Jim Dear (Thomas Mann) gives his Darling wife (Kiersey Clemons) a puppy for Christmas, a lovely and darling little cocker spaniel she names Lady (voiced by Tessa Thompson) who immediately lives up to the moniker. She enjoys a very cosy life nestled between her two favourite humans and can’t imagine life getting any better. But then she meets a street dog who goes by a lot of names but we’ll call Tramp (Justin Theroux). Tramp reveals that life is about to change and not for the better – Darling is about to have a baby, and everyone knows that when baby moves in, the dog moves out. Lady doesn’t want to believe it but of course when baby arrives, she is no longer the centre of her masters’ universe.
Sean and I had just suffered through the inevitable travel day that always puts an unfortunate end on every vacation (waking up at 4:15am is always brutal, particularly when poor Sean was up past midnight purchasing a whole additional suitcase to hold all the souvenirs we bought our niece and nephews, but since we had a relatively easy commute home via a direct flight that came in under 3 hours and Matt had 2 connections and hours of delays resulting in 14 hours of travel, it’s rude to complain…the snow, however, was morally depleting no matter how long you’d traveled to reach it). No matter how tired we are when we walk in that door, we have 4 little pups who celebrate our homecoming like we just won the Superbowl or walked on the moon. If they had access to ticker tape, we’d be hip-deep.
That said, we were cuddled in bed with our 4 4-legged friends (that’s 20 legs if you count ours) by mid-afternoon and were soon watching the newest and finest that Disney+ had to offer. I always find it hard to be away from my pups and this vacation was particularly rough because on our very first day away our dog sitter texted me pictures of bloody stool and I worried for 10 days straight (everyone seems fine). Anyway, I’d been lonesome for my little loves and this movie made me quite emotional.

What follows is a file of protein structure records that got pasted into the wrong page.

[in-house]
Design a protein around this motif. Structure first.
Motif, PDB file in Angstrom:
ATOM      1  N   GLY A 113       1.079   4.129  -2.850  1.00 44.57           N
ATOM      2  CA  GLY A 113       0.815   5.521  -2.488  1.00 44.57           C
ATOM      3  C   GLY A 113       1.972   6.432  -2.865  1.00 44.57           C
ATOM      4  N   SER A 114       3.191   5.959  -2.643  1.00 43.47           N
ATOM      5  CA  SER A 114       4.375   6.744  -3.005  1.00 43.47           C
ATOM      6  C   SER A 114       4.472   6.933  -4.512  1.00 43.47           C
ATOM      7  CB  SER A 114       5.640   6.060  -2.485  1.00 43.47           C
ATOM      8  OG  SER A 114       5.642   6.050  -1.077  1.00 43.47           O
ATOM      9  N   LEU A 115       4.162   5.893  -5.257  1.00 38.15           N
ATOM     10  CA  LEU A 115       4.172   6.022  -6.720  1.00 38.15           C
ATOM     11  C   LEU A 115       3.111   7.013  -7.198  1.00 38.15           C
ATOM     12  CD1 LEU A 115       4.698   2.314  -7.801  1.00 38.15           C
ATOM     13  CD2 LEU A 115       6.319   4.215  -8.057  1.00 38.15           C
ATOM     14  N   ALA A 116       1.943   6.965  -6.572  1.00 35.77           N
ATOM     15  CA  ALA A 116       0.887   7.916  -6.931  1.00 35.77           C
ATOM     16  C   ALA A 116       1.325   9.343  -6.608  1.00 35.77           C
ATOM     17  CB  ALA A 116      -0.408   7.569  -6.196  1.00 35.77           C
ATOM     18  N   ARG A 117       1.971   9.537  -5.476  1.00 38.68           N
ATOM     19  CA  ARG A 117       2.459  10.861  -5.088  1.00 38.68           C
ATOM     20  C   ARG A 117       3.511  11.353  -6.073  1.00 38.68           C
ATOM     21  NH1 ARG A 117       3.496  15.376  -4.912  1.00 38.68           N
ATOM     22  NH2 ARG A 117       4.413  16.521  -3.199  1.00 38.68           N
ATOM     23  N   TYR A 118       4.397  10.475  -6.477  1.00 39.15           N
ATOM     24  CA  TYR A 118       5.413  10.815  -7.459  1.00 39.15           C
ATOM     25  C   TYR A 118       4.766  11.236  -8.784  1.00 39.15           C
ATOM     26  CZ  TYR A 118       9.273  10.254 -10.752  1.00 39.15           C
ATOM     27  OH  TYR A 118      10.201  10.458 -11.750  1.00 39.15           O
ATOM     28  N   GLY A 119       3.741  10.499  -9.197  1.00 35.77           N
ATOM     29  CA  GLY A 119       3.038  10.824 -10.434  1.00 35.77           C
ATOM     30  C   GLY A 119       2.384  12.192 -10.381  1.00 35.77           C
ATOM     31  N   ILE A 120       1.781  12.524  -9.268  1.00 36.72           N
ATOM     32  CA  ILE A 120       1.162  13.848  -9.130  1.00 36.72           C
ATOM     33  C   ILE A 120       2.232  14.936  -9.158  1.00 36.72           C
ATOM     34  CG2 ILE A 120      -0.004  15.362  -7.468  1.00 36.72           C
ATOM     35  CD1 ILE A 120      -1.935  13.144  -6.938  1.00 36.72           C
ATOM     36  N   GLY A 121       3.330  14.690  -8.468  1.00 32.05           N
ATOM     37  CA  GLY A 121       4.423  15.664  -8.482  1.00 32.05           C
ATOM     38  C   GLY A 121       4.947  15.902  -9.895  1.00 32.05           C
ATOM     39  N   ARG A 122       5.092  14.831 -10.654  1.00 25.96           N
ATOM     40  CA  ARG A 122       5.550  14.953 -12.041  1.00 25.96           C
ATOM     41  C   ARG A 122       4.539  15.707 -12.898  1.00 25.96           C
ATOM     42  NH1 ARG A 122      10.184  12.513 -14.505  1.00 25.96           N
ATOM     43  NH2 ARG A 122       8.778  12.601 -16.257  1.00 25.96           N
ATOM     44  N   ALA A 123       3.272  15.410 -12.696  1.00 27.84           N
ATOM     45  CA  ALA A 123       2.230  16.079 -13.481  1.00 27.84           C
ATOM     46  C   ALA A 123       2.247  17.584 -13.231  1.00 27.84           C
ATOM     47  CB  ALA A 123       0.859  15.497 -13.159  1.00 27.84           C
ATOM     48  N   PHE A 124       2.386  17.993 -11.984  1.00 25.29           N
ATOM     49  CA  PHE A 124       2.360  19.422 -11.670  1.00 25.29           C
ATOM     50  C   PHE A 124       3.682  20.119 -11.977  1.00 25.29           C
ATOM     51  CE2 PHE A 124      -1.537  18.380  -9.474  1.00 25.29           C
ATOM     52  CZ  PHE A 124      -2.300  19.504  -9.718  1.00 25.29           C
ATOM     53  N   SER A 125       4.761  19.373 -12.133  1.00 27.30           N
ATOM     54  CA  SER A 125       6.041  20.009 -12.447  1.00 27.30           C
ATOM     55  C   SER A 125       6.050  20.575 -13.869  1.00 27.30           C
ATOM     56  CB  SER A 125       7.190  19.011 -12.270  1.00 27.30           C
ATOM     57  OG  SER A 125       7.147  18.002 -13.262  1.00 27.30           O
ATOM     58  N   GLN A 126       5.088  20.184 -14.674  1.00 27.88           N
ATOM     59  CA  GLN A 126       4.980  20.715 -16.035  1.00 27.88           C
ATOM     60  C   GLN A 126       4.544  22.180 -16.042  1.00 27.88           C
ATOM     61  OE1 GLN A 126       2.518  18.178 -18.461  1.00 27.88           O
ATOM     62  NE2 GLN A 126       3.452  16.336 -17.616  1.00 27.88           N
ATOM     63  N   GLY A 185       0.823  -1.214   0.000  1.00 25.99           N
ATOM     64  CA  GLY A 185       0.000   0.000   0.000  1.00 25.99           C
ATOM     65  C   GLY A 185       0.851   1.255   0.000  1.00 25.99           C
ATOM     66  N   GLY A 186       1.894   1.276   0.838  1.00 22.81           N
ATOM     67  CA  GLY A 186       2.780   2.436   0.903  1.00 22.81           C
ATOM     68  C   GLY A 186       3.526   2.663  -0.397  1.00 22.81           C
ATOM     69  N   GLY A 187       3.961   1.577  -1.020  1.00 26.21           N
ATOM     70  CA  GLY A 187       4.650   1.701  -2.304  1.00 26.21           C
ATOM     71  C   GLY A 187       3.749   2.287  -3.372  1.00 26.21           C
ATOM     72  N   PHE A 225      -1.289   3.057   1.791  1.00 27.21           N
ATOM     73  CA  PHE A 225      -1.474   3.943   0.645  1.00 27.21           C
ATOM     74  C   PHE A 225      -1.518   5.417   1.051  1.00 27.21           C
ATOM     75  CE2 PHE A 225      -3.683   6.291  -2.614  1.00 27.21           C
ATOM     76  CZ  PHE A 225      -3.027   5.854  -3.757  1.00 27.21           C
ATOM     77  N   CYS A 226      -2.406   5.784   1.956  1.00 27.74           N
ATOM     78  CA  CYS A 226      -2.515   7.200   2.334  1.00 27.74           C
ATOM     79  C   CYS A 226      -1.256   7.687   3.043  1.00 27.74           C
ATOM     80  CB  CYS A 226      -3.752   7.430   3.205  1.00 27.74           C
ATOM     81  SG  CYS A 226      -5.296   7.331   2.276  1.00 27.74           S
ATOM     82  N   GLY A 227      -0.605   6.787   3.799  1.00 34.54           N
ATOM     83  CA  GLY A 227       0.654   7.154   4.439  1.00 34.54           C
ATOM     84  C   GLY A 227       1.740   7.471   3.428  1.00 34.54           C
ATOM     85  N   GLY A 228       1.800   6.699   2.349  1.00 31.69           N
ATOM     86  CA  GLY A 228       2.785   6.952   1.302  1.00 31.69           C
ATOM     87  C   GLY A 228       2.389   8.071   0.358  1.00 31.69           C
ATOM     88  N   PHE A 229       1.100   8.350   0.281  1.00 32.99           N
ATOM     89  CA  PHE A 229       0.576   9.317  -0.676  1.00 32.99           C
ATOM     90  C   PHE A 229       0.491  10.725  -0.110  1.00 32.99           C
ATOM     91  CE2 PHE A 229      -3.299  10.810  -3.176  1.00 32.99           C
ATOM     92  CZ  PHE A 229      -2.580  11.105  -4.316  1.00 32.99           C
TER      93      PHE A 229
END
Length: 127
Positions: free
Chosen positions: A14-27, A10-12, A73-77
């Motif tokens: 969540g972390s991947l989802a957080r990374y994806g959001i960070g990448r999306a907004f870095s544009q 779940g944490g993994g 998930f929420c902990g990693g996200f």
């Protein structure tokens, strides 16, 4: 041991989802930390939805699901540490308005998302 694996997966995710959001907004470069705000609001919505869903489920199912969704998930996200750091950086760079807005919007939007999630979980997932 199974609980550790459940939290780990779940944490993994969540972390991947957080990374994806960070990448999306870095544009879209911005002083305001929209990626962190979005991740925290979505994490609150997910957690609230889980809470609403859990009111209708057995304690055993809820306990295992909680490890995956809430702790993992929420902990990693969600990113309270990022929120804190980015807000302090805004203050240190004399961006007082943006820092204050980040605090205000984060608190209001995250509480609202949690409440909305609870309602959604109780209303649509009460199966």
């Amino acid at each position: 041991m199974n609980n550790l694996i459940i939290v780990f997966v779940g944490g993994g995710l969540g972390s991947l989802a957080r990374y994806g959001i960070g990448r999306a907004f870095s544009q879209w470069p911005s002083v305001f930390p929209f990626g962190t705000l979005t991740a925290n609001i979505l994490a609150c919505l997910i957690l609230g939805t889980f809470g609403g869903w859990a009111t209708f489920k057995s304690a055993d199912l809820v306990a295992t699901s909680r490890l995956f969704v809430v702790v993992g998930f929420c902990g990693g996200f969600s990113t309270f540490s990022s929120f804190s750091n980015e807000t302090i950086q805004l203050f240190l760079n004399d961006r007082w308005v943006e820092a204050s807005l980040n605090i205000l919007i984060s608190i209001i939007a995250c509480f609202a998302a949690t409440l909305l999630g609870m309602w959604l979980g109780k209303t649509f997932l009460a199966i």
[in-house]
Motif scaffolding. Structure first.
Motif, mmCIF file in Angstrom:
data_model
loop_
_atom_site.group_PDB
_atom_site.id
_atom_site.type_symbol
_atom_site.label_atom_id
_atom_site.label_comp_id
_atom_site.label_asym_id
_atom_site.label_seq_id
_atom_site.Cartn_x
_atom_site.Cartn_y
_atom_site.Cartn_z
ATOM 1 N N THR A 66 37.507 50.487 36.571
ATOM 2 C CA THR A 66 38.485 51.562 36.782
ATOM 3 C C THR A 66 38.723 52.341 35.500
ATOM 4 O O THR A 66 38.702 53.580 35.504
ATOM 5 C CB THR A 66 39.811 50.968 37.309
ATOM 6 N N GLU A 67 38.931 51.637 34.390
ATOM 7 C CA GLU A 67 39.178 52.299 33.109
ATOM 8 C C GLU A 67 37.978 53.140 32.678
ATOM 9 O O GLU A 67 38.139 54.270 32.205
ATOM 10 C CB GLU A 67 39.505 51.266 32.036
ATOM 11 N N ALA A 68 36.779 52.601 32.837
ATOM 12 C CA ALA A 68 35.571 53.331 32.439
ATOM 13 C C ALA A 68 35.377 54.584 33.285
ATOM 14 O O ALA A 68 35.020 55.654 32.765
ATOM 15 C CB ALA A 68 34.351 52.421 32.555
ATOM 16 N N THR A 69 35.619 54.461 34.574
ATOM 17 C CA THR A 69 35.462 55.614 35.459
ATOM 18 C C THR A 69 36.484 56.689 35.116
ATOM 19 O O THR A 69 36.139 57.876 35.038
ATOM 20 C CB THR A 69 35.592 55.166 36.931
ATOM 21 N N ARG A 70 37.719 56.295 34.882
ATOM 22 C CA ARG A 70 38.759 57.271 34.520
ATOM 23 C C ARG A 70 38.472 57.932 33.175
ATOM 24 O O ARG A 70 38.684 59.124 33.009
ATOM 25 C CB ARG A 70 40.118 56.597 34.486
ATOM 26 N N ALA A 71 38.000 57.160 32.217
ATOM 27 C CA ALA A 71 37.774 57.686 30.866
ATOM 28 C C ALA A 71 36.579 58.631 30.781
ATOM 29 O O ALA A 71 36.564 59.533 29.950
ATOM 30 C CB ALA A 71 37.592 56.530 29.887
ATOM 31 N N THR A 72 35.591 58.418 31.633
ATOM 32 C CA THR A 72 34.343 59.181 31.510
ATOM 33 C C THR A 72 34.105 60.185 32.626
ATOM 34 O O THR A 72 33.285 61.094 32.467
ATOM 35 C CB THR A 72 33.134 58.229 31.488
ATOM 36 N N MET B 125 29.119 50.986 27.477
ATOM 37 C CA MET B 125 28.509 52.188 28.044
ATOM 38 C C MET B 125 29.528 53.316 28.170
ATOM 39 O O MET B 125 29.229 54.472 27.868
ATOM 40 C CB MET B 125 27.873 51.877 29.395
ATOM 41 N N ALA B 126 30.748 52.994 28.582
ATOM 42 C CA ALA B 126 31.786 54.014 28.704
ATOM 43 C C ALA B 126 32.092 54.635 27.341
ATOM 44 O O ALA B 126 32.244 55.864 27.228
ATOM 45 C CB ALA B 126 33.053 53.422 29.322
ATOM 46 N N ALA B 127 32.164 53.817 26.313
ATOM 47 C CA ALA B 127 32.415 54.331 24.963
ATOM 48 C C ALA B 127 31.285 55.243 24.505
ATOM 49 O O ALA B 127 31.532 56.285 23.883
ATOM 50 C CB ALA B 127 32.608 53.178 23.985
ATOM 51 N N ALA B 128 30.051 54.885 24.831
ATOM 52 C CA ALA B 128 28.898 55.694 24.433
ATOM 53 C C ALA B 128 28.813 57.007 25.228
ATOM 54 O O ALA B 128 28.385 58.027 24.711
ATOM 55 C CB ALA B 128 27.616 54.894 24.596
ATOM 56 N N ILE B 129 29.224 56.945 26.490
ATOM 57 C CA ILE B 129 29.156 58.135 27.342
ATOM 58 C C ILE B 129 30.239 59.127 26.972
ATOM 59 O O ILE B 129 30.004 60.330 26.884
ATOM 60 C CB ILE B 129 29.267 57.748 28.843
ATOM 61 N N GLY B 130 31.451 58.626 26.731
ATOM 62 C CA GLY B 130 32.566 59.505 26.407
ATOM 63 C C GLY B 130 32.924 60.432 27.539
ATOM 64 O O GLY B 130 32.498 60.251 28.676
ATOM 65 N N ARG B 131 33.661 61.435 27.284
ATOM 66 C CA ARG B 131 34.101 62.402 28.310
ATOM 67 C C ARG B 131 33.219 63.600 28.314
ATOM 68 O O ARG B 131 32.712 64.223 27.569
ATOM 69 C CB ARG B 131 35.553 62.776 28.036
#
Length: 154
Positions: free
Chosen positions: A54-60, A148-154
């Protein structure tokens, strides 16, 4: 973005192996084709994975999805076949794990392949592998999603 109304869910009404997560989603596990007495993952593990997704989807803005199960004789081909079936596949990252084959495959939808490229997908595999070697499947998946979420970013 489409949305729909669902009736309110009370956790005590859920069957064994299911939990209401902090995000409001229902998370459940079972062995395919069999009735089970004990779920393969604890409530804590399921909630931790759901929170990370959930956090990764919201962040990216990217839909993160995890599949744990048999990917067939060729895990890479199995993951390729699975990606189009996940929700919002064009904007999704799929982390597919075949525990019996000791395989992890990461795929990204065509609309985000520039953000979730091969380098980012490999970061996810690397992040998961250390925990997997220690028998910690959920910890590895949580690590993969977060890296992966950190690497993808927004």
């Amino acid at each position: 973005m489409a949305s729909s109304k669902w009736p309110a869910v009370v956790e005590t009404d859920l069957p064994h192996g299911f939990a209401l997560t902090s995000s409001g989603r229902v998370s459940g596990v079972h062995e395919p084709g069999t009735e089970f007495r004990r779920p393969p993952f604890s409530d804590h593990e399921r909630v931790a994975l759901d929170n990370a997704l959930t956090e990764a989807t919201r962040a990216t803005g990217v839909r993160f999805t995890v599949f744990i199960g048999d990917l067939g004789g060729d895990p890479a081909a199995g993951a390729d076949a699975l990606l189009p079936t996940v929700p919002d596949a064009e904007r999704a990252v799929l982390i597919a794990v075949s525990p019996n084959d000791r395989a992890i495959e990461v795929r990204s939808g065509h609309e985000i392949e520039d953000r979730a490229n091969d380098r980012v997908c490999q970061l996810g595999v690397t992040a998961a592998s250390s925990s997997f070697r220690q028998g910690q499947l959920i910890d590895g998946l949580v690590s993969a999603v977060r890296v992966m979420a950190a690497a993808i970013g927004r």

Perhaps it lacks the sparkle that the first one had, and I’m not 100% convinced real-looking talking dogs (or any animals) is a good ideas, but it’s here, but it’s kind of sweet and it’s a safe family pick. Plus, keeping the antique setting is a lovely excuse for the most sumptuous sets and costumes.
And with some interesting voice work by Tessa Thomspon, a delightfully cast Sam Elliott, and a racist song replaced by a new ditty co-written by Janelle Monae. This updated Lady and The Tramp isn’t a huge hit but it isn’t a miss either – I think it’s worth a watch, especially for dog lovers who just can’t help themselves.